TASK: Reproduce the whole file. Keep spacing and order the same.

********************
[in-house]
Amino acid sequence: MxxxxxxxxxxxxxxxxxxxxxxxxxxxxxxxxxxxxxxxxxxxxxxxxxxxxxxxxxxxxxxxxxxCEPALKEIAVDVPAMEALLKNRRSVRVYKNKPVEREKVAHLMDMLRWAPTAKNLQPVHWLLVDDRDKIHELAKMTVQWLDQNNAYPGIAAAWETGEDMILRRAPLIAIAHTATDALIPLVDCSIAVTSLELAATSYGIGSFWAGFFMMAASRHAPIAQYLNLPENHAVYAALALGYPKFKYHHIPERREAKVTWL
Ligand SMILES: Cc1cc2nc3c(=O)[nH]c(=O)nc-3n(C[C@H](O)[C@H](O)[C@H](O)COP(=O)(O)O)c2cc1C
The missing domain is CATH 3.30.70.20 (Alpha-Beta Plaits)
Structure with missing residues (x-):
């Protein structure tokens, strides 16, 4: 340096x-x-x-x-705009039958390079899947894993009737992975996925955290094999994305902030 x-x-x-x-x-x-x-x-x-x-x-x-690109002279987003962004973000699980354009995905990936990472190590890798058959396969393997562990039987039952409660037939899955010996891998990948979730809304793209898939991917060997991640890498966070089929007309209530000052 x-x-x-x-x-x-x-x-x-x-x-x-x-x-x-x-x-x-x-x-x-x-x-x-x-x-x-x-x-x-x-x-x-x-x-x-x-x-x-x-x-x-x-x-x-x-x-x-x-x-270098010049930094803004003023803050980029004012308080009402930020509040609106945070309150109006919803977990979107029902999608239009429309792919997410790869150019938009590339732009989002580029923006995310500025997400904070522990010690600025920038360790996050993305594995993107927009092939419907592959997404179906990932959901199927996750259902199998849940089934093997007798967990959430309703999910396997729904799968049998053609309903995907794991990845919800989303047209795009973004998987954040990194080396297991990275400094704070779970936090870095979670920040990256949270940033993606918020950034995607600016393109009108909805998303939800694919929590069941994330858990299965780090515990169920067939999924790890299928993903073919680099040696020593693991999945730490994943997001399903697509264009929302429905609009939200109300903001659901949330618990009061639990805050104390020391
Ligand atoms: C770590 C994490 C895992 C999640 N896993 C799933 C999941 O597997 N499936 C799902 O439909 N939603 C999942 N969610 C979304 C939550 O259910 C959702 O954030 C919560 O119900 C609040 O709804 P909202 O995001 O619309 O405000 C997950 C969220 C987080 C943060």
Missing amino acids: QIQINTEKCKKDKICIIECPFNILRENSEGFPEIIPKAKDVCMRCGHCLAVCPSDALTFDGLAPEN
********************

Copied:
[in-house]
Amino acid sequence: MxxxxxxxxxxxxxxxxxxxxxxxxxxxxxxxxxxxxxxxxxxxxxxxxxxxxxxxxxxxxxxxxxxCEPALKEIAVDVPAMEALLKNRRSVRVYKNKPVEREKVAHLMDMLRWAPTAKNLQPVHWLLVDDRDKIHELAKMTVQWLDQNNAYPGIAAAWETGEDMILRRAPLIAIAHTATDALIPLVDCSIAVTSLELAATSYGIGSFWAGFFMMAASRHAPIAQYLNLPENHAVYAALALGYPKFKYHHIPERREAKVTWL
Ligand SMILES: Cc1cc2nc3c(=O)[nH]c(=O)nc-3n(C[C@H](O)[C@H](O)[C@H](O)COP(=O)(O)O)c2cc1C
The missing domain is CATH 3.30.70.20 (Alpha-Beta Plaits)
Structure with missing residues (x-):
């Protein structure tokens, strides 16, 4: 340096x-x-x-x-705009039958390079899947894993009737992975996925955290094999994305902030 x-x-x-x-x-x-x-x-x-x-x-x-690109002279987003962004973000699980354009995905990936990472190590890798058959396969393997562990039987039952409660037939899955010996891998990948979730809304793209898939991917060997991640890498966070089929007309209530000052 x-x-x-x-x-x-x-x-x-x-x-x-x-x-x-x-x-x-x-x-x-x-x-x-x-x-x-x-x-x-x-x-x-x-x-x-x-x-x-x-x-x-x-x-x-x-x-x-x-x-270098010049930094803004003023803050980029004012308080009402930020509040609106945070309150109006919803977990979107029902999608239009429309792919997410790869150019938009590339732009989002580029923006995310500025997400904070522990010690600025920038360790996050993305594995993107927009092939419907592959997404179906990932959901199927996750259902199998849940089934093997007798967990959430309703999910396997729904799968049998053609309903995907794991990845919800989303047209795009973004998987954040990194080396297991990275400094704070779970936090870095979670920040990256949270940033993606918020950034995607600016393109009108909805998303939800694919929590069941994330858990299965780090515990169920067939999924790890299928993903073919680099040696020593693991999945730490994943997001399903697509264009929302429905609009939200109300903001659901949330618990009061639990805050104390020391
Ligand atoms: C770590 C994490 C895992 C999640 N896993 C799933 C999941 O597997 N499936 C799902 O439909 N939603 C999942 N969610 C979304 C939550 O259910 C959702 O954030 C919560 O119900 C609040 O709804 P909202 O995001 O619309 O405000 C997950 C969220 C987080 C943060």
Missing amino acids: QIQINTEKCKKDKICIIECPFNILRENSEGFPEIIPKAKDVCMRCGHCLAVCPSDALTFDGLAPEN